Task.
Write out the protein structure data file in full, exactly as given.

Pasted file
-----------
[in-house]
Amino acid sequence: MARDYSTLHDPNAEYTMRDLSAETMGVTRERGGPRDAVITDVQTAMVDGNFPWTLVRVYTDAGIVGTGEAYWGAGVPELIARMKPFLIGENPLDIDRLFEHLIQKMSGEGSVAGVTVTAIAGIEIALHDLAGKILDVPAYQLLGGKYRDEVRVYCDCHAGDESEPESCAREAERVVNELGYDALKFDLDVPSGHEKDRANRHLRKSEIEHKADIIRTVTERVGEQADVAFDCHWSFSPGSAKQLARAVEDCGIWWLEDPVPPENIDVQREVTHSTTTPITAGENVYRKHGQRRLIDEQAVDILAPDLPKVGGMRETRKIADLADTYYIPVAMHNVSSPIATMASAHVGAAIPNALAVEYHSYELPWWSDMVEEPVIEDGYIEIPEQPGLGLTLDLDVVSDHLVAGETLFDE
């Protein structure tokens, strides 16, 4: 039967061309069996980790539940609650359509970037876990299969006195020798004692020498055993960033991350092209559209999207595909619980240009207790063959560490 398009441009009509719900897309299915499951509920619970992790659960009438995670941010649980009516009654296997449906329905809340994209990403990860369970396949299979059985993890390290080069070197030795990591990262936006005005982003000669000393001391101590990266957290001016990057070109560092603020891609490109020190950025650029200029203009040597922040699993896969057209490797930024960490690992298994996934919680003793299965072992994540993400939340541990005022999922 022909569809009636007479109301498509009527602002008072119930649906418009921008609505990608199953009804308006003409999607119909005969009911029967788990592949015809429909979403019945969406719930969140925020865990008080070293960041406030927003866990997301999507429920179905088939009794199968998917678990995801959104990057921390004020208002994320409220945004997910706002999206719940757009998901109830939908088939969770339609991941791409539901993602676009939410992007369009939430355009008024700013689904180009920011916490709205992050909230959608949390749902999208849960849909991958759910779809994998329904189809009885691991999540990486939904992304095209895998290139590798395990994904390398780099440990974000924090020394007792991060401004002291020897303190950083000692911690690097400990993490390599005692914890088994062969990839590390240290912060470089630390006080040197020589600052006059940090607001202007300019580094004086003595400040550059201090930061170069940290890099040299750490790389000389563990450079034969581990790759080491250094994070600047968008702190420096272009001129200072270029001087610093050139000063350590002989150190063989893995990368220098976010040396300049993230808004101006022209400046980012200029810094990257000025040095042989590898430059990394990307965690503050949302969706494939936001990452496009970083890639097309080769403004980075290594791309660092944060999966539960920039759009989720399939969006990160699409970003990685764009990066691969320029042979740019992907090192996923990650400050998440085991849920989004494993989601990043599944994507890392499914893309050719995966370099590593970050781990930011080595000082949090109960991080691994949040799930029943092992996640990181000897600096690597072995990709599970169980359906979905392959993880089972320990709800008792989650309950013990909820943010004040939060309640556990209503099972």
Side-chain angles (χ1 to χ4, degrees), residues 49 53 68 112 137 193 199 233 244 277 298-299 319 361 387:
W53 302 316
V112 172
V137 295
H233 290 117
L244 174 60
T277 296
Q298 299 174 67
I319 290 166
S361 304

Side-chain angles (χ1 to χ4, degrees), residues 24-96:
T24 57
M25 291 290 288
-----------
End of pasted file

[in-house]
Amino acid sequence: MARDYSTLHDPNAEYTMRDLSAETMGVTRERGGPRDAVITDVQTAMVDGNFPWTLVRVYTDAGIVGTGEAYWGAGVPELIARMKPFLIGENPLDIDRLFEHLIQKMSGEGSVAGVTVTAIAGIEIALHDLAGKILDVPAYQLLGGKYRDEVRVYCDCHAGDESEPESCAREAERVVNELGYDALKFDLDVPSGHEKDRANRHLRKSEIEHKADIIRTVTERVGEQADVAFDCHWSFSPGSAKQLARAVEDCGIWWLEDPVPPENIDVQREVTHSTTTPITAGENVYRKHGQRRLIDEQAVDILAPDLPKVGGMRETRKIADLADTYYIPVAMHNVSSPIATMASAHVGAAIPNALAVEYHSYELPWWSDMVEEPVIEDGYIEIPEQPGLGLTLDLDVVSDHLVAGETLFDE
């Protein structure tokens, strides 16, 4: 039967061309069996980790539940609650359509970037876990299969006195020798004692020498055993960033991350092209559209999207595909619980240009207790063959560490 398009441009009509719900897309299915499951509920619970992790659960009438995670941010649980009516009654296997449906329905809340994209990403990860369970396949299979059985993890390290080069070197030795990591990262936006005005982003000669000393001391101590990266957290001016990057070109560092603020891609490109020190950025650029200029203009040597922040699993896969057209490797930024960490690992298994996934919680003793299965072992994540993400939340541990005022999922 022909569809009636007479109301498509009527602002008072119930649906418009921008609505990608199953009804308006003409999607119909005969009911029967788990592949015809429909979403019945969406719930969140925020865990008080070293960041406030927003866990997301999507429920179905088939009794199968998917678990995801959104990057921390004020208002994320409220945004997910706002999206719940757009998901109830939908088939969770339609991941791409539901993602676009939410992007369009939430355009008024700013689904180009920011916490709205992050909230959608949390749902999208849960849909991958759910779809994998329904189809009885691991999540990486939904992304095209895998290139590798395990994904390398780099440990974000924090020394007792991060401004002291020897303190950083000692911690690097400990993490390599005692914890088994062969990839590390240290912060470089630390006080040197020589600052006059940090607001202007300019580094004086003595400040550059201090930061170069940290890099040299750490790389000389563990450079034969581990790759080491250094994070600047968008702190420096272009001129200072270029001087610093050139000063350590002989150190063989893995990368220098976010040396300049993230808004101006022209400046980012200029810094990257000025040095042989590898430059990394990307965690503050949302969706494939936001990452496009970083890639097309080769403004980075290594791309660092944060999966539960920039759009989720399939969006990160699409970003990685764009990066691969320029042979740019992907090192996923990650400050998440085991849920989004494993989601990043599944994507890392499914893309050719995966370099590593970050781990930011080595000082949090109960991080691994949040799930029943092992996640990181000897600096690597072995990709599970169980359906979905392959993880089972320990709800008792989650309950013990909820943010004040939060309640556990209503099972």
Side-chain angles (χ1 to χ4, degrees), residues 49 53 68 112 137 193 199 233 244 277 298-299 319 361 387:
W53 302 316
V112 172
V137 295
H233 290 117
L244 174 60
T277 296
Q298 299 174 67
I319 290 166
S361 304

Side-chain angles (χ1 to χ4, degrees), residues 24-96:
T24 57
M25 291 290 288